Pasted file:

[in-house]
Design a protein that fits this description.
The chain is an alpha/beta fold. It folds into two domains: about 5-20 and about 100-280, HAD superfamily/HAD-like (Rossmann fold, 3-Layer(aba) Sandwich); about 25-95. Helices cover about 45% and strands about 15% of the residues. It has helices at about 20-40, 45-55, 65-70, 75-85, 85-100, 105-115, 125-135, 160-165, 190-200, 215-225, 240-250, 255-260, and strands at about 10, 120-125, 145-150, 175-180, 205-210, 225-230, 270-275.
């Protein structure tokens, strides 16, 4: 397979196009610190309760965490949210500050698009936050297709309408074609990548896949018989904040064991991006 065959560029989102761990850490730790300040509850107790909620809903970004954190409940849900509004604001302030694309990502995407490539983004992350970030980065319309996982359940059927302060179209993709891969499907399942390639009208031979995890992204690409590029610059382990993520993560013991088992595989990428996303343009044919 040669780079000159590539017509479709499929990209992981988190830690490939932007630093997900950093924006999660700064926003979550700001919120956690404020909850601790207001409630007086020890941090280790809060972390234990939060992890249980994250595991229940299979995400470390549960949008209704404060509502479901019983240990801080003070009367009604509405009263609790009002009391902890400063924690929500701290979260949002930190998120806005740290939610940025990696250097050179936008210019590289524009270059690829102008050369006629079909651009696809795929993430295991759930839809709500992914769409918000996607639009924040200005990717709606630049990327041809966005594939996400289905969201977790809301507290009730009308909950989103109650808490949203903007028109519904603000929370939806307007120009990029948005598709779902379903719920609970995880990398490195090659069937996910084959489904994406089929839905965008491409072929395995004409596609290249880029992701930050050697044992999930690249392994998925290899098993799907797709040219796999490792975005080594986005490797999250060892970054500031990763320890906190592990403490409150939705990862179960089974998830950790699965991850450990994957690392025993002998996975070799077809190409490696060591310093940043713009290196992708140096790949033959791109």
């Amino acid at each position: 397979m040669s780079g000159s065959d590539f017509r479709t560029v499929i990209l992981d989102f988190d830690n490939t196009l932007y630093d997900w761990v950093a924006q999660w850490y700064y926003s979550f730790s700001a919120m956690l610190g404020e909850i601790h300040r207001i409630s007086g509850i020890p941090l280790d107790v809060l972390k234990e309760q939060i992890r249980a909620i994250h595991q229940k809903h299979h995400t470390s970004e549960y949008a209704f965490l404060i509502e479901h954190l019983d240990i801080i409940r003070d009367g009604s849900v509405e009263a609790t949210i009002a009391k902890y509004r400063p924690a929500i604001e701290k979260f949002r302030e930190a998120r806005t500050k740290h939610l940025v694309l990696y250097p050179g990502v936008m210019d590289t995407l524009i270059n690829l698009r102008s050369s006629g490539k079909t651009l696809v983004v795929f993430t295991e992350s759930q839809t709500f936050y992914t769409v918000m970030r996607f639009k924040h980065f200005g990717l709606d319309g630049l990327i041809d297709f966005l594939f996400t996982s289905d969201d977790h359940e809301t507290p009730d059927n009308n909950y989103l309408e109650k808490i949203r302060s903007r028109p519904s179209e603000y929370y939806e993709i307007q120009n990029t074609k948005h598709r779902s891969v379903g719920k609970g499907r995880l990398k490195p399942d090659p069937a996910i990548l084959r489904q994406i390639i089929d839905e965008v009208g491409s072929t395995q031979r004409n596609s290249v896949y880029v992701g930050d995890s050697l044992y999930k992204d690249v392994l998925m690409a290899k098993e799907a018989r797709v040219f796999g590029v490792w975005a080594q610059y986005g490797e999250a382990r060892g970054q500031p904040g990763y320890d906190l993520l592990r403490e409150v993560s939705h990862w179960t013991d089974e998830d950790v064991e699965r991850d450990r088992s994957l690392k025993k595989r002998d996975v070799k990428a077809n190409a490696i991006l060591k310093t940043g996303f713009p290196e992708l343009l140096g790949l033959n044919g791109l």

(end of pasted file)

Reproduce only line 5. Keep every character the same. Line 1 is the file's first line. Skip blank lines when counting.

């Amino acid at each position: 397979m040669s780079g000159s065959d590539f017509r479709t560029v499929i990209l992981d989102f988190d830690n490939t196009l932007y630093d997900w761990v950093a924006q999660w850490y700064y926003s979550f730790s700001a919120m956690l610190g404020e909850i601790h300040r207001i409630s007086g509850i020890p941090l280790d107790v809060l972390k234990e309760q939060i992890r249980a909620i994250h595991q229940k809903h299979h995400t470390s970004e549960y949008a209704f965490l404060i509502e479901h954190l019983d240990i801080i409940r003070d009367g009604s849900v509405e009263a609790t949210i009002a009391k902890y509004r400063p924690a929500i604001e701290k979260f949002r302030e930190a998120r806005t500050k740290h939610l940025v694309l990696y250097p050179g990502v936008m210019d590289t995407l524009i270059n690829l698009r102008s050369s006629g490539k079909t651009l696809v983004v795929f993430t295991e992350s759930q839809t709500f936050y992914t769409v918000m970030r996607f639009k924040h980065f200005g990717l709606d319309g630049l990327i041809d297709f966005l594939f996400t996982s289905d969201d977790h359940e809301t507290p009730d059927n009308n909950y989103l309408e109650k808490i949203r302060s903007r028109p519904s179209e603000y929370y939806e993709i307007q120009n990029t074609k948005h598709r779902s891969v379903g719920k609970g499907r995880l990398k490195p399942d090659p069937a996910i990548l084959r489904q994406i390639i089929d839905e965008v009208g491409s072929t395995q031979r004409n596609s290249v896949y880029v992701g930050d995890s050697l044992y999930k992204d690249v392994l998925m690409a290899k098993e799907a018989r797709v040219f796999g590029v490792w975005a080594q610059y986005g490797e999250a382990r060892g970054q500031p904040g990763y320890d906190l993520l592990r403490e409150v993560s939705h990862w179960t013991d089974e998830d950790v064991e699965r991850d450990r088992s994957l690392k025993k595989r002998d996975v070799k990428a077809n190409a490696i991006l060591k310093t940043g996303f713009p290196e992708l343009l140096g790949l033959n044919g791109l």